[Met Performance] CID:36510
Faust {232} Matinee ed. Metropolitan Opera House: 01/6/1906.


Metropolitan Opera House
January 6, 1906 Matinee

FAUST {232}

Faust...................Enrico Caruso
Marguerite..............Emma Eames
Méphistophélès..........Pol Plançon
Valentin................Antonio Scotti
Siebel..................Josephine Jacoby
Marthe..................Mathilde Bauermeister
Wagner..................Bernard Bégué

Conductor...............Nahan Franko

[The chorus strike ended during this performance and, beginning with the Kermesse scene, the chorus performed the opera. The 1905-06 Profit and Loss Statement and Balance Sheet of the Conried Metropolitan Opera Co. shows that $552.50 was paid to the "Additional Chorus (Strike Breakers)" which were never utilized.]

The New York Times reported on the event: "Any idea of another 'Faust-Without-A-Chorus' was far from the minds of the music enthusiasts when the curtain went up on the alchemist in his laboratory. Caruso, as Faust, sang his despondency, and was just about to drink the poison cup and end it, when the audience bent their ears and listened. Of course, the chorus was expected to be weak, but - then the truth dawned on them: There was no chorus, after all. The orchestra droned through the measures of the laborers in the fields, Faust went to the casement, let in the sunshine, and listened to imaginary voices, while 'Vox populi' up in the gallery groaned its displeasure.

When Herr Conried stepped out, a bored look swept around the boxes; the parquet murmured its disapproval, while 'Vox Populi' hissed. But Mr. Conried only smiled, waved his hat a little, and shoved his left hand between the first and second buttons of his coat.

"Ladies and gentlemen," he said - and it was not an apologetic voice - "I have great pleasure - " the audience gasped.
" - in announcing to you that the entire chorus is here!"

There was a brief, astonished silence; then the audience burst into applause. Mr. Conried proceeded:

"The chorus has yielded to all my demands, not as a union, but as individuals. It is agreed that the union shall not be recognized. 'The monetary question has been settled. The members of the chorus will receive an increase of salary. I expressed my willingness to do this from the very beginning. The settlement is satisfactory to me, to them and " - bowing again - "I hope to you."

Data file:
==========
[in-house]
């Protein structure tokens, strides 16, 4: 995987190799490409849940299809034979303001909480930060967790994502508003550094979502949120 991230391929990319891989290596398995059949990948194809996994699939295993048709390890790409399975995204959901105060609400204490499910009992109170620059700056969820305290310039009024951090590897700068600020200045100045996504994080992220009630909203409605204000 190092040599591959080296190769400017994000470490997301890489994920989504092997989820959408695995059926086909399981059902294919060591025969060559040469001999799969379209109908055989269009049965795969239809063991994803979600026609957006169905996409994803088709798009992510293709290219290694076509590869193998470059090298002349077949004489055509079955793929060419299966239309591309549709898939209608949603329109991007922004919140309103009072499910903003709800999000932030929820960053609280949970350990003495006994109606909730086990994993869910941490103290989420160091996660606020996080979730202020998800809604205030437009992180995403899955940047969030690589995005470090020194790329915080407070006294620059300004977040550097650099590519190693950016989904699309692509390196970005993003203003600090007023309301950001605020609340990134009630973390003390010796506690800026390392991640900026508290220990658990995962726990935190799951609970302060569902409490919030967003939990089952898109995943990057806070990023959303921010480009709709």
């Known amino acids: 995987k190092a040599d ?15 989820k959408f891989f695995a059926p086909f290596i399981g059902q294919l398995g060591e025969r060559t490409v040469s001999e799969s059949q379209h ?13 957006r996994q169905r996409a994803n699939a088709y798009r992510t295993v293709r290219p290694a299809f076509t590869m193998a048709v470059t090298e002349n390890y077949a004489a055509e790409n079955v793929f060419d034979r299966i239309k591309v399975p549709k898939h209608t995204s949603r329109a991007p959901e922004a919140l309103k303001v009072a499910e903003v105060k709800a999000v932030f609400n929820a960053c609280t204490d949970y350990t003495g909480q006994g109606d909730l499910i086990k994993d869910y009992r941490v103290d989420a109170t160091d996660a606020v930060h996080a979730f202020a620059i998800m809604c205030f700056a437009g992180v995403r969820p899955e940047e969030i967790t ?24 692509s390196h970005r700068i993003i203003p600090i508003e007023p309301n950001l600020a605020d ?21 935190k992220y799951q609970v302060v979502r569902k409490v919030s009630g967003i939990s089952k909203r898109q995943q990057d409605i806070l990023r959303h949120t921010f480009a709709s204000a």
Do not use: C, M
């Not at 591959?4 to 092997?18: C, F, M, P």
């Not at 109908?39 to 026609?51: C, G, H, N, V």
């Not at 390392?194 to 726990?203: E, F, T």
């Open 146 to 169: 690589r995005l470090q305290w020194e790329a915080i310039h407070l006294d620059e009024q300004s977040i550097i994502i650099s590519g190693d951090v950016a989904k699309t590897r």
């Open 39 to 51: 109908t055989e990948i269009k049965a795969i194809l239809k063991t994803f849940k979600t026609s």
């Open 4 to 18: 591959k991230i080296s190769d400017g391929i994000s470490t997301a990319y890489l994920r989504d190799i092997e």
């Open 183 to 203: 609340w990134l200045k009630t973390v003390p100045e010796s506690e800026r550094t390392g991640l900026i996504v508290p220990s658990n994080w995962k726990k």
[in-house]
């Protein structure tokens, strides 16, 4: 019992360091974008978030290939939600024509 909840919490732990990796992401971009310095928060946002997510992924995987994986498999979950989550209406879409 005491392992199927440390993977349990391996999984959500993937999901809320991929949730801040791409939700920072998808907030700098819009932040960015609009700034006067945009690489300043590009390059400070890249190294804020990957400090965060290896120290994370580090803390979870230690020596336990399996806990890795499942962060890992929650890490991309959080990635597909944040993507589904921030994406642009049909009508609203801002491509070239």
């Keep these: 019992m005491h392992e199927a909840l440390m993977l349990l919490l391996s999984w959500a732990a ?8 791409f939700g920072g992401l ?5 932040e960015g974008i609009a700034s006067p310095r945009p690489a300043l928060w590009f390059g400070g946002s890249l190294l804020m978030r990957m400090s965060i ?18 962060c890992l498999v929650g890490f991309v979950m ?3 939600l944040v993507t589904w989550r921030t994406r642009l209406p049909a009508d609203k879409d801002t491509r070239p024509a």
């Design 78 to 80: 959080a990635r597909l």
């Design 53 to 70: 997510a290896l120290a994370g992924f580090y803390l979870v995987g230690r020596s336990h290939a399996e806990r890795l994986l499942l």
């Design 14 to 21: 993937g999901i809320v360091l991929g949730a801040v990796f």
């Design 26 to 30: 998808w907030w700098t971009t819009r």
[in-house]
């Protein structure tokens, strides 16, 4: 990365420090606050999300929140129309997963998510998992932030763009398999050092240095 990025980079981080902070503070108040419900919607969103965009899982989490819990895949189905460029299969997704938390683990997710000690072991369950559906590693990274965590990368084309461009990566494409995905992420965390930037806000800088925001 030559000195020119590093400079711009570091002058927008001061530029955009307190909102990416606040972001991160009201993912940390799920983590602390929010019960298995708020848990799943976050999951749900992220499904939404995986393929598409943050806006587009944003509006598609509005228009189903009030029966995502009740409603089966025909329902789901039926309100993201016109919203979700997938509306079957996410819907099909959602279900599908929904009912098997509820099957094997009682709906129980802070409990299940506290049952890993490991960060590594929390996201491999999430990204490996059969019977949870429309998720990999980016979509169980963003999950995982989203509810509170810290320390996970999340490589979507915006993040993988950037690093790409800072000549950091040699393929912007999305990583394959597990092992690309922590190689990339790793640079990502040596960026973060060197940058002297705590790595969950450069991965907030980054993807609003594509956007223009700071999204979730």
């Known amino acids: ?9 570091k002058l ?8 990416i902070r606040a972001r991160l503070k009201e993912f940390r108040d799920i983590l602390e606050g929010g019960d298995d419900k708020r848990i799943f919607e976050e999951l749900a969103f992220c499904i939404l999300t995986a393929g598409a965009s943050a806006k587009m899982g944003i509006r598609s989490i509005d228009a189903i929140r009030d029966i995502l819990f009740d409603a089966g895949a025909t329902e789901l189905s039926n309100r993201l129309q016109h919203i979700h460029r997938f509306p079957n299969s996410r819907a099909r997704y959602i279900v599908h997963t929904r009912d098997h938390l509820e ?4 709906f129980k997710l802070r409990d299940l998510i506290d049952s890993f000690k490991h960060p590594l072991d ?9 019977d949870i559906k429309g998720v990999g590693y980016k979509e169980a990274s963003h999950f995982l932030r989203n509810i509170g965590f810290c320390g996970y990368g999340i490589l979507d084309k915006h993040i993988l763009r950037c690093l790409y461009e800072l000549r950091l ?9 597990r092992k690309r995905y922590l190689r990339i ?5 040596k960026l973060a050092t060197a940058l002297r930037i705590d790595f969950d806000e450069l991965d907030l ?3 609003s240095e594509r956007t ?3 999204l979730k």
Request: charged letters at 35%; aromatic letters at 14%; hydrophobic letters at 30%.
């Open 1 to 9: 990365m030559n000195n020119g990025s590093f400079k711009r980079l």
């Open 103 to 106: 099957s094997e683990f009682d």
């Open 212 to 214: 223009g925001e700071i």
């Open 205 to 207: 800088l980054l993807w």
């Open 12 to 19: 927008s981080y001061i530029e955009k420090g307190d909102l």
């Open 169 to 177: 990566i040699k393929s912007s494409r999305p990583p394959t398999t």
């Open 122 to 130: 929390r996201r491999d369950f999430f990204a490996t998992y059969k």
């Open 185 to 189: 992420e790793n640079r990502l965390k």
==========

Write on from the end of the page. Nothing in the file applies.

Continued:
Herr Conried withdrew amid deafening applause which lasted so long that the triumphant director had to make another appearance to acknowledge it. He had hardly withdrawn the second time when the orchestra began the 'Kermesse' scene and the curtain arose upon the entire chorus in the revels of the students at the tavern. The audience gave them a great reception, which lasted for a full minute, during which the members of the chorus, taking advantage of the hilarious parts they happened to be playing, waved their hats and hands at the audience and cheered too. Herr Conried, in expressing his extreme satisfaction in the end of the fight. said

"It is merely a little cloud which has come and passed away, leaving the sunshine brighter than ever.However, it is a good wind that blows nobody ill, for the new chorus which was being trained must now be relegated to the tailor shops and the delicatessen stores where many of its members were discovered. Those who had dreams of operatic glory had their fond hopes blighted just as they were about to be able to say for all time that they had 'sung in Faust.' The bitterest pill was when at the rise of the curtain they were instructed to take off their costumes and hand them back to their original wearers. Some of the new chorus who showed that they had no mean ability will be retained."

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